This is the next post in my series on the handling of federal charges in the Southern District of Texas. My last article discussed how to deal with expert witnesses in federal cases. It is important to remember that dealing with expert witnesses can sometimes be confusing but necessary in federal cases. You should immediately contact an attorney if you or a family member have been arrested. Charges brought in Federal Court involve different rules and procedures than State Court cases. Not all attorneys are licensed to practice in Federal Court, so it is recommended that you ask your attorney about their experience in handling such cases. This article will help you better understand the federal sentencing guidelines. If you or a loved one are in need of assistance then contact my office online or by telephone today.
Judges refer to the Federal Sentencing Guidelines to determine the appropriate punishment for federal defendants
Federal judges refer to the U.S. Sentencing Commission’s Federal Sentencing Guidelines when deciding punishments for convicted defendants. These guidelines outline uniform sentencing policies based on certain variables. The guidelines take into account the type of charges, the severity of the crime, and whether someone plead guilty or not, among other considerations. There are both aggravating factors, which could increase a defendant’s penalty, and mitigating factors, which could decrease it. Typically, criminal statutes themselves outline the specific factors that result in harsher punishments. However, sentences can also depend on the circumstances of the crime, such as whether the defendant used a weapon or the injuries suffered by a victim. A defendant’s criminal history can also be taken into account when sentencing. If the defendant is a repeat offender, this may result in a harsher punishment. Similarly, a lack of criminal history can be a mitigating factor which may lead to a less severe punishment. Other mitigating factors may include the culpability of the victim, mental or physical illness, genuine remorse, and more.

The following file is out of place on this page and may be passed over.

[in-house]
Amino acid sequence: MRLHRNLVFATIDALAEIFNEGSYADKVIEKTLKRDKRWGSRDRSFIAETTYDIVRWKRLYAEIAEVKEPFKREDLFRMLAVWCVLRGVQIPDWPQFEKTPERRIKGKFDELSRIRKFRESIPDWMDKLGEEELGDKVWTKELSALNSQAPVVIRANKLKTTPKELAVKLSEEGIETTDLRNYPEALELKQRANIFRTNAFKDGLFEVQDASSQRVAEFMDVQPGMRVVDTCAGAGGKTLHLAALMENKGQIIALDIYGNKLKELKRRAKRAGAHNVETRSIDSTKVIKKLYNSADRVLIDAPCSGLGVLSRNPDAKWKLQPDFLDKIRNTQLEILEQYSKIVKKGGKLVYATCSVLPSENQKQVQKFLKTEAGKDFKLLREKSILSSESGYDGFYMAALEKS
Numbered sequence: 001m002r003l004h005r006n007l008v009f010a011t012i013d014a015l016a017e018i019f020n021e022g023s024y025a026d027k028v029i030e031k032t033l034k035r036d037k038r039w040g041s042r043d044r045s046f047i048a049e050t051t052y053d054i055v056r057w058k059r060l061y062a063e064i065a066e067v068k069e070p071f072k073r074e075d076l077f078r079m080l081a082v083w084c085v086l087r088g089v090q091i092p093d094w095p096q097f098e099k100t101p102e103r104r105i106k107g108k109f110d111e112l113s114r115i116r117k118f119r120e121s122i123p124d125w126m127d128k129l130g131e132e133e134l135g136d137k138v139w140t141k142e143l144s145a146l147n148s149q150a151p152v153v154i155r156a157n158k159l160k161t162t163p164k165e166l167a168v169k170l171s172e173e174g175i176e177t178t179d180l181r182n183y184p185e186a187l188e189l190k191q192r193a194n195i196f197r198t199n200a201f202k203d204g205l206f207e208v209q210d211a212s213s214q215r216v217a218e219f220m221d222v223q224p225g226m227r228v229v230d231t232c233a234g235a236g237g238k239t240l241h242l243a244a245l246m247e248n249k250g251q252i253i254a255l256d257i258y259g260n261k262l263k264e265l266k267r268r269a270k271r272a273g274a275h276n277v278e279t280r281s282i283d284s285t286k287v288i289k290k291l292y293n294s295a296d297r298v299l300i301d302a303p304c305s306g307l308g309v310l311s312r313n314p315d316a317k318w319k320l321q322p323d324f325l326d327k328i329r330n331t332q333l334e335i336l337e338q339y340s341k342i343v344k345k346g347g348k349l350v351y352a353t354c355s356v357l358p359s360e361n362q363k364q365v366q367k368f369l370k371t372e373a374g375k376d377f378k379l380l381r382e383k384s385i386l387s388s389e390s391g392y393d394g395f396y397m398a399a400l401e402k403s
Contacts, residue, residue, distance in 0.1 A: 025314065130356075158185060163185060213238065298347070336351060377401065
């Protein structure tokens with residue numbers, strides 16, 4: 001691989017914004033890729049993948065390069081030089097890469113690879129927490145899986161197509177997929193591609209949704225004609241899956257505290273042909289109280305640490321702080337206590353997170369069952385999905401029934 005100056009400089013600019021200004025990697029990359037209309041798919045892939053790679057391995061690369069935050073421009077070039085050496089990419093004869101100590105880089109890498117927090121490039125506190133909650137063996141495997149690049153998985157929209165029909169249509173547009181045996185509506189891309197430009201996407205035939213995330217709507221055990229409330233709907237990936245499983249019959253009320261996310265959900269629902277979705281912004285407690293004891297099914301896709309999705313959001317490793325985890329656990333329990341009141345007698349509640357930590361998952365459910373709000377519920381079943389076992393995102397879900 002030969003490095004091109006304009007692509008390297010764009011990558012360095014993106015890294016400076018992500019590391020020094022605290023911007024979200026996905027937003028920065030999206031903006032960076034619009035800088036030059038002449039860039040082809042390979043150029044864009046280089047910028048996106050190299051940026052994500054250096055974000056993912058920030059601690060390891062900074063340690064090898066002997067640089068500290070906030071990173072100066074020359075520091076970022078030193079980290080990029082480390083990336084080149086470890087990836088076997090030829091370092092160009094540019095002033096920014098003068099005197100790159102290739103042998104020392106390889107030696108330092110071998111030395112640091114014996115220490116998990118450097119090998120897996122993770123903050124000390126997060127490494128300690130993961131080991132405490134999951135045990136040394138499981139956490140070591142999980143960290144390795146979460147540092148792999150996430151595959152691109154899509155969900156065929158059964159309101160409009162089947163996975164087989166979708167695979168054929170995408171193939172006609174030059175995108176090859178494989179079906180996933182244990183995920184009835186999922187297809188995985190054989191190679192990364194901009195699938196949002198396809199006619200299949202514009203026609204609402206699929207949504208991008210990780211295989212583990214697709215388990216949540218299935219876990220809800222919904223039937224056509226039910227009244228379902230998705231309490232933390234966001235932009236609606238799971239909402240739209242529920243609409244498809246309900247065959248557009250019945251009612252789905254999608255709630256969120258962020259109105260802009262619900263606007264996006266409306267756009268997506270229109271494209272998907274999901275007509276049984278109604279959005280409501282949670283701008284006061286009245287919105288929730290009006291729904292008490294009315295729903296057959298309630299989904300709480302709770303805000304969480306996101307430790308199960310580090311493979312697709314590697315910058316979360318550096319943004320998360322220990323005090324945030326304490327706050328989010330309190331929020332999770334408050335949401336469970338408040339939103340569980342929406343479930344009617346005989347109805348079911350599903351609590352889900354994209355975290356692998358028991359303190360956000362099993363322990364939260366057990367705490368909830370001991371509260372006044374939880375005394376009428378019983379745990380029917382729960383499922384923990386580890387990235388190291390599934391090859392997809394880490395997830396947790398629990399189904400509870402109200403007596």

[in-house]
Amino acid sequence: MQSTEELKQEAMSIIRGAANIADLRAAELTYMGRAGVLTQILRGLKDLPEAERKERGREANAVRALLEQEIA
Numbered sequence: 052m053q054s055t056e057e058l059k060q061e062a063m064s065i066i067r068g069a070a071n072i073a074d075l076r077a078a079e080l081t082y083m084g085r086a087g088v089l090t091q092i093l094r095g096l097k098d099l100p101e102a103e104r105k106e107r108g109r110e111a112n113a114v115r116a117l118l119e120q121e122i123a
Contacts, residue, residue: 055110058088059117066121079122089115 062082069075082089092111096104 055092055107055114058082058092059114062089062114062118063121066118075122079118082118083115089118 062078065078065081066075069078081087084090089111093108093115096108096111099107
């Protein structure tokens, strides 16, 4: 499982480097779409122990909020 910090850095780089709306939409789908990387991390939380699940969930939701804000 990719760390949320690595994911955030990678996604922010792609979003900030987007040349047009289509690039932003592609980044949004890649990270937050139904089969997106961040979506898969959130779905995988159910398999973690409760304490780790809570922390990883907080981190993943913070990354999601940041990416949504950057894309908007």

It should be highlighted that federal judges are not required to follow the Federal Sentencing Guidelines. While most typically use the guidelines when sentencing, they have the discretion to impose a harsher or lighter sentence. There are some charges, such as certain drug crimes, that have mandatory minimum sentences. Federal judges may not sentence individuals below the required minimum in most of these types of cases. However, when no mandatory minimum is imposed, judges may use their discretion in sentencing as long as it is reasonable. This means that judges may go outside the specified range if they believe the punishment would be too harsh or not harsh enough.
It is important to retain an attorney immediately if you or a loved one are facing federal charges in the Southern District Of Texas
Each federal case is unique, and sentencing will be dependent on the applicable facts. Federal rules are also extremely complex and can be confusing for many people. As a result, it is incredibly important to contact an attorney that has experience dealing with such matters. Failing to seek professional assistance when faced with federal criminal charges could negatively impact your case. Federal lawyers are skilled at advocating for their clients to receive the shortest sentence possible.
I am a Laredo federal defense lawyer who is licensed to practice in the Southern District of Texas. I am experienced in handling cases where judges apply the Federal Sentencing Guidelines. My office prides itself on providing a high level of service and takes pride in providing the highest level of service to clients. I will stay in regular communication with you throughout the process and ensure I am available to answer your questions. Contact my office online or by telephone today.